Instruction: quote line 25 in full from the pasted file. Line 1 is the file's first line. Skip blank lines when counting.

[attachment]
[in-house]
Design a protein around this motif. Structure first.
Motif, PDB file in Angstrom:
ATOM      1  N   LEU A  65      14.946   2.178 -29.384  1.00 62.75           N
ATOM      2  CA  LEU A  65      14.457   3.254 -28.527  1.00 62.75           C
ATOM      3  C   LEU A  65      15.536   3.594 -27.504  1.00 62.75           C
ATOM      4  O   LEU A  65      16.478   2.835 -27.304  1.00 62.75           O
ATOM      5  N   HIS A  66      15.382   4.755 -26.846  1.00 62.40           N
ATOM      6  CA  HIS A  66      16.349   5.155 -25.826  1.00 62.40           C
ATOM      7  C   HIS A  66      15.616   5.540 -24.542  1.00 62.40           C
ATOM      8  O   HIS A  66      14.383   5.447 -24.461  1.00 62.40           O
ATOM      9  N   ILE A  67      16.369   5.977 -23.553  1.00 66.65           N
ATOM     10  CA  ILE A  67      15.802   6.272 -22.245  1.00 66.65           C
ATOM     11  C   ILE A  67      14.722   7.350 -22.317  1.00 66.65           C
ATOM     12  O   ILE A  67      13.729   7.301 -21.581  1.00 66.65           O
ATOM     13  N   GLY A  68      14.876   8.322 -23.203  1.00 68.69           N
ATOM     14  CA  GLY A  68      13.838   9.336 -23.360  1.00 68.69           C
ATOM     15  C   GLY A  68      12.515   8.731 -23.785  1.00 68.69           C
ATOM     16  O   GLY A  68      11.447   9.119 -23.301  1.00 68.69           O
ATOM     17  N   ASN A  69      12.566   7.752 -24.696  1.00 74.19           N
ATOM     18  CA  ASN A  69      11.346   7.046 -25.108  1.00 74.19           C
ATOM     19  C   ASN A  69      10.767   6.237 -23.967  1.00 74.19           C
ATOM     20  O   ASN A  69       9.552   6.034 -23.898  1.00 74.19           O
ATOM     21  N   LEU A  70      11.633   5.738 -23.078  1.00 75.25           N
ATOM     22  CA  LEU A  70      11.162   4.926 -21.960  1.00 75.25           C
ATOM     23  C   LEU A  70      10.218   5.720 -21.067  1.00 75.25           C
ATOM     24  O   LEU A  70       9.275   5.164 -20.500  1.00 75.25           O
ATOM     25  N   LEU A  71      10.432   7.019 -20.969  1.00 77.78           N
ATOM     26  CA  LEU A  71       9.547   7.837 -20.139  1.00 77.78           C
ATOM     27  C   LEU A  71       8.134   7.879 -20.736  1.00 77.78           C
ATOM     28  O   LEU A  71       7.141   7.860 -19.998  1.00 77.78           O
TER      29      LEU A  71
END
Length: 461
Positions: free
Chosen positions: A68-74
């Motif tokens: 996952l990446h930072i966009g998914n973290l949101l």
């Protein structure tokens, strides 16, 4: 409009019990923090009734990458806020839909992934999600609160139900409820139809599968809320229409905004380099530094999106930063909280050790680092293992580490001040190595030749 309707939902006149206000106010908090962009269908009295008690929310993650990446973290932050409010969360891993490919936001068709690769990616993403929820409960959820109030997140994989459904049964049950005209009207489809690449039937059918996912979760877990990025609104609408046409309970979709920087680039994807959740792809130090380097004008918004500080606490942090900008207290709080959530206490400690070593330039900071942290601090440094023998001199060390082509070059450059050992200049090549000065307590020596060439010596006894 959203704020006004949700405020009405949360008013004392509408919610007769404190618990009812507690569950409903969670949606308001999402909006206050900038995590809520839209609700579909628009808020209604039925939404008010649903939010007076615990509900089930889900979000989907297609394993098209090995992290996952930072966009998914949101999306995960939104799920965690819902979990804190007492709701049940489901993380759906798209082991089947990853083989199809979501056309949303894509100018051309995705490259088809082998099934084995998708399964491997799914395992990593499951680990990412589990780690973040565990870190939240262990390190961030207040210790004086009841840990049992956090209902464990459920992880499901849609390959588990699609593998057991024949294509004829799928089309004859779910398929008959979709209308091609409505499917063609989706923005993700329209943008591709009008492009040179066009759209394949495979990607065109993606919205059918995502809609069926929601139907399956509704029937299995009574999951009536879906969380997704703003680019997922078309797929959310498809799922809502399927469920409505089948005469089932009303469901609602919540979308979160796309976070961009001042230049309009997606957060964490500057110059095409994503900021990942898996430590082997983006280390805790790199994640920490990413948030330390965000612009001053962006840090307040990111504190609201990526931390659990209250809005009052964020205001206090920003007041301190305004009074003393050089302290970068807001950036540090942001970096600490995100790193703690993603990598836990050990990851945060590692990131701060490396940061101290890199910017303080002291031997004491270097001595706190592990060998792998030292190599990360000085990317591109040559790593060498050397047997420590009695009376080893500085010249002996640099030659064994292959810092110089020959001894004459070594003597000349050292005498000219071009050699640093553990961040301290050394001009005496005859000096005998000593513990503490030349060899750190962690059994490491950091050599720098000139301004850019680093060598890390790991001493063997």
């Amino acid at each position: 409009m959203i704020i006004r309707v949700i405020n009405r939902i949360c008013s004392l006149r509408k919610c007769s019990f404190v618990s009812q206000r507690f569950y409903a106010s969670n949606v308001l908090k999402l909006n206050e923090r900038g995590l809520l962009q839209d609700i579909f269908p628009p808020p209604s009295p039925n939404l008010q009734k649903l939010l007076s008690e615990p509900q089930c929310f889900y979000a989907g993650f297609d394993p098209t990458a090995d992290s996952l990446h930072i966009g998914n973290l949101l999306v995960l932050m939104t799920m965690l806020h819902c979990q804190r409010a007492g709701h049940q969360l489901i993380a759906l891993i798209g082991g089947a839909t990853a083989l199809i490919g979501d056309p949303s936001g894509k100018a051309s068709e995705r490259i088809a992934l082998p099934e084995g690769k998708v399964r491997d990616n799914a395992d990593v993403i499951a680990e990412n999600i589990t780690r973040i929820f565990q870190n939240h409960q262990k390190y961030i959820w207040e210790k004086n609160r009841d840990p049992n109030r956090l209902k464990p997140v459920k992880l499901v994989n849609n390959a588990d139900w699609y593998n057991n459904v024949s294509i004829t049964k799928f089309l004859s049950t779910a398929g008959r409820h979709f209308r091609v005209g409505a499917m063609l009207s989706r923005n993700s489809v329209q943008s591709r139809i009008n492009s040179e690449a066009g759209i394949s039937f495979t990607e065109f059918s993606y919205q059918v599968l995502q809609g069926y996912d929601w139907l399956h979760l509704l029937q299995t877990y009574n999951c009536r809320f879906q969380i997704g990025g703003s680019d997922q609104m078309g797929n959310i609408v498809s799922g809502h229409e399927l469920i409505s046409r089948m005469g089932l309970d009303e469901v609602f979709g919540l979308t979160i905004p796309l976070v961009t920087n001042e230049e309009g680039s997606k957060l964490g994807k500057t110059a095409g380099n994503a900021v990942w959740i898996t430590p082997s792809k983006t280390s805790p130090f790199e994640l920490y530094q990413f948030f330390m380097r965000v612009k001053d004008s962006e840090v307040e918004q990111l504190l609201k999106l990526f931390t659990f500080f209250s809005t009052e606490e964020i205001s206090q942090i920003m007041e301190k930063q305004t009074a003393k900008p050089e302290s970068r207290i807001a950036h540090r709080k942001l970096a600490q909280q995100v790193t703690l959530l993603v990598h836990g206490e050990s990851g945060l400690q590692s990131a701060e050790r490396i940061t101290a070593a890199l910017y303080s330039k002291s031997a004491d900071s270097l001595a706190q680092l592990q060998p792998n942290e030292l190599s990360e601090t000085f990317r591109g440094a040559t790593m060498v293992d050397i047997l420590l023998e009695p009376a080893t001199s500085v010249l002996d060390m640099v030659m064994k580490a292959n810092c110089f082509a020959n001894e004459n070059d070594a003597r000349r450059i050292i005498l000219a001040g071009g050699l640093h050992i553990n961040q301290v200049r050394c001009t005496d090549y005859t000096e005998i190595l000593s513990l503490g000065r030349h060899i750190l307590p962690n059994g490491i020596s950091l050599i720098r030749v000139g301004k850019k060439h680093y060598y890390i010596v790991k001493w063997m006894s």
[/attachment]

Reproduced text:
ATOM     22  CA  LEU A  70      11.162   4.926 -21.960  1.00 75.25           C